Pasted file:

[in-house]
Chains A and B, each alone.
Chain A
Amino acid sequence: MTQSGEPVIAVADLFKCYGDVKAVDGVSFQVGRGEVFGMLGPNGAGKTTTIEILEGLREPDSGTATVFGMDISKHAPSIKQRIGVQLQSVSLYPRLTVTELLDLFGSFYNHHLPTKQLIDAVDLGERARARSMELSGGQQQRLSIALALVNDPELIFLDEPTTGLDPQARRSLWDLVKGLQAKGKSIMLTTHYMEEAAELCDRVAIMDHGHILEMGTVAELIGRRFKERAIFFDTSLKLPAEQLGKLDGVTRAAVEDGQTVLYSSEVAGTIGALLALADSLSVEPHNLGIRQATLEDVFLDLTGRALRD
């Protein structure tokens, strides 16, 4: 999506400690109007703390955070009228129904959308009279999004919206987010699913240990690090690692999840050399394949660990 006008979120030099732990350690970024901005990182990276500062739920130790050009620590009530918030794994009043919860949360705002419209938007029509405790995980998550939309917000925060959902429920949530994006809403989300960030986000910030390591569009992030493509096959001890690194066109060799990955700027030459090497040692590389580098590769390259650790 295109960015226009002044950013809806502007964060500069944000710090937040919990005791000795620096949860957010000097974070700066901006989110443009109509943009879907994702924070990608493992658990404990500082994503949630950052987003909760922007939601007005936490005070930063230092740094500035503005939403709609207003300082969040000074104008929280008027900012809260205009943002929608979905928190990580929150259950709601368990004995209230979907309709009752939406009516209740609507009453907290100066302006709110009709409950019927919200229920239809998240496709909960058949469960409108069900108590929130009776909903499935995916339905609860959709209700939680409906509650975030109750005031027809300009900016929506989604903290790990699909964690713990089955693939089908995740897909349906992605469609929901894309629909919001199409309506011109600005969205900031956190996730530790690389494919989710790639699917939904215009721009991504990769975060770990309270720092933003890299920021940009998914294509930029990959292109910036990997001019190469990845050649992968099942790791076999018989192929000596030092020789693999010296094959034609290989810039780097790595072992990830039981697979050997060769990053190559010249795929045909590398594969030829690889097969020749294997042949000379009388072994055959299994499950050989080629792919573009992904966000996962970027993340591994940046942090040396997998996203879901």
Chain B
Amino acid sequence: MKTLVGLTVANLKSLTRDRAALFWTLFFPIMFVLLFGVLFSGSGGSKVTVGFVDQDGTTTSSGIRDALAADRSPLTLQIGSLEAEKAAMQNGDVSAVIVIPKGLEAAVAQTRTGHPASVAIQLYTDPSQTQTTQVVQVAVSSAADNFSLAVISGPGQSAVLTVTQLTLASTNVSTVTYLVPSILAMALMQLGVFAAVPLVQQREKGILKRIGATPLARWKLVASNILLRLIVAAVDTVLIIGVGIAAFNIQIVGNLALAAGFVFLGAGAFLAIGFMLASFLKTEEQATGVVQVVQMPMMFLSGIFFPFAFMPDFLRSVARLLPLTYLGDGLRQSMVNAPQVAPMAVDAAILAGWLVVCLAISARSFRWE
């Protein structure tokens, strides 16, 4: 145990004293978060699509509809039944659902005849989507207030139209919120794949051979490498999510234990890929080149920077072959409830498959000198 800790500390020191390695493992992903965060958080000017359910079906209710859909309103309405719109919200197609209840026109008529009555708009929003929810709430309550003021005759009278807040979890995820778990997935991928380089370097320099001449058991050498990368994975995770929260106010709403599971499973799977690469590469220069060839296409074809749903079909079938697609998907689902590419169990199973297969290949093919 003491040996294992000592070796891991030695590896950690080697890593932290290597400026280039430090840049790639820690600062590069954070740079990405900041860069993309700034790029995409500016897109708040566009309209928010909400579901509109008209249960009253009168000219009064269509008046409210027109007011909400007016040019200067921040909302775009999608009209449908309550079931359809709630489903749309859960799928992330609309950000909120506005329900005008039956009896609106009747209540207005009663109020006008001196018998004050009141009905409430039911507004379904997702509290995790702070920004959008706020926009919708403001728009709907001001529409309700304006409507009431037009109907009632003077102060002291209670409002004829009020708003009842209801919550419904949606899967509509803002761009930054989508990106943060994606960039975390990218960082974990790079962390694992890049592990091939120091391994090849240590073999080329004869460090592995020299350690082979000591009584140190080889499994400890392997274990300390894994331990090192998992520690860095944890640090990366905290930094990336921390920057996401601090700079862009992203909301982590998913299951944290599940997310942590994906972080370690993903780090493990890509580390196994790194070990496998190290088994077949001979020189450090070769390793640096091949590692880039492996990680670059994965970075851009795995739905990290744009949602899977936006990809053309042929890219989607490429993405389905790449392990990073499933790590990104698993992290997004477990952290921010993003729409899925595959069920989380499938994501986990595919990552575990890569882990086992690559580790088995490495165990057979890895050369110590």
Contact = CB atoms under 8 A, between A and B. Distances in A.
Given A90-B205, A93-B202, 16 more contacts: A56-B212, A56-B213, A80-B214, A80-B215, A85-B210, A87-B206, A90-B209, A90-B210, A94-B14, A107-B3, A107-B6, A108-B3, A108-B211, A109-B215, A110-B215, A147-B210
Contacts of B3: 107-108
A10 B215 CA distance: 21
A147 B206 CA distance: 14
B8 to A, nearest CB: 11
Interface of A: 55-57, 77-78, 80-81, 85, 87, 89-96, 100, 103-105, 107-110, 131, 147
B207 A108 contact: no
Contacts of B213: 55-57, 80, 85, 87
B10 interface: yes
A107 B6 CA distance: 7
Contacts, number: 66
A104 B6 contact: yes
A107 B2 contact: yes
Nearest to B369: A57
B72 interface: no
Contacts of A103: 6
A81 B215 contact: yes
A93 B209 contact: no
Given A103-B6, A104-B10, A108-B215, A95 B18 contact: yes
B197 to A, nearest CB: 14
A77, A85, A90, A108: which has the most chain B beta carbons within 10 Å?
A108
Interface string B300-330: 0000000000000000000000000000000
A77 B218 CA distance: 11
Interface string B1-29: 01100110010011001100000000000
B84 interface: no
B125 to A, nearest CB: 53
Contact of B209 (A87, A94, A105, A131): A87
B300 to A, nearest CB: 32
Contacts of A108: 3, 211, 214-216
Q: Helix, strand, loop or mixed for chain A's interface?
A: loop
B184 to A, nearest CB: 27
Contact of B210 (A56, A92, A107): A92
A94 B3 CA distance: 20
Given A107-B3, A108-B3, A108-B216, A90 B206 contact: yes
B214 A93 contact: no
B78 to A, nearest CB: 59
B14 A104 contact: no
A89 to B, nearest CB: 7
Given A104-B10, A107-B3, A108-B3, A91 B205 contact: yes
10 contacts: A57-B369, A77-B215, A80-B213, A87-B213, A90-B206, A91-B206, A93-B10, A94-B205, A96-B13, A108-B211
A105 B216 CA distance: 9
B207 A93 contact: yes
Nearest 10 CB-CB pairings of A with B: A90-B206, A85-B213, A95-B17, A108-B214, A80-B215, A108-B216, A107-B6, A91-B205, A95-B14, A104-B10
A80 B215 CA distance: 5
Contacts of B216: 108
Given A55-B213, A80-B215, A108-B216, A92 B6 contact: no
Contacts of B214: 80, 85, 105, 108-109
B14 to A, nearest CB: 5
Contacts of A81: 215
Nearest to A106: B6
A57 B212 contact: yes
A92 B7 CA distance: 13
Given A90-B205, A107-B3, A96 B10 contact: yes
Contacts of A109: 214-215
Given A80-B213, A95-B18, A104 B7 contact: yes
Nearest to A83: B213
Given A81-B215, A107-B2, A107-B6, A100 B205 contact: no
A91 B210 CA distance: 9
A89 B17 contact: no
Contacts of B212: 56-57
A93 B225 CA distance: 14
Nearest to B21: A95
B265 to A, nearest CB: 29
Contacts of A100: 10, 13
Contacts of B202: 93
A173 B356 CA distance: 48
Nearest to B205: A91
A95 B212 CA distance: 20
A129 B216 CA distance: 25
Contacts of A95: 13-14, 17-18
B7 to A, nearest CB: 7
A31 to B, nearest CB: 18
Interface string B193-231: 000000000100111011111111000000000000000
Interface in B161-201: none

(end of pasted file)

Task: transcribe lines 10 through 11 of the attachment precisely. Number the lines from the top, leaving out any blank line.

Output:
Given A90-B205, A93-B202, 16 more contacts: A56-B212, A56-B213, A80-B214, A80-B215, A85-B210, A87-B206, A90-B209, A90-B210, A94-B14, A107-B3, A107-B6, A108-B3, A108-B211, A109-B215, A110-B215, A147-B210
Contacts of B3: 107-108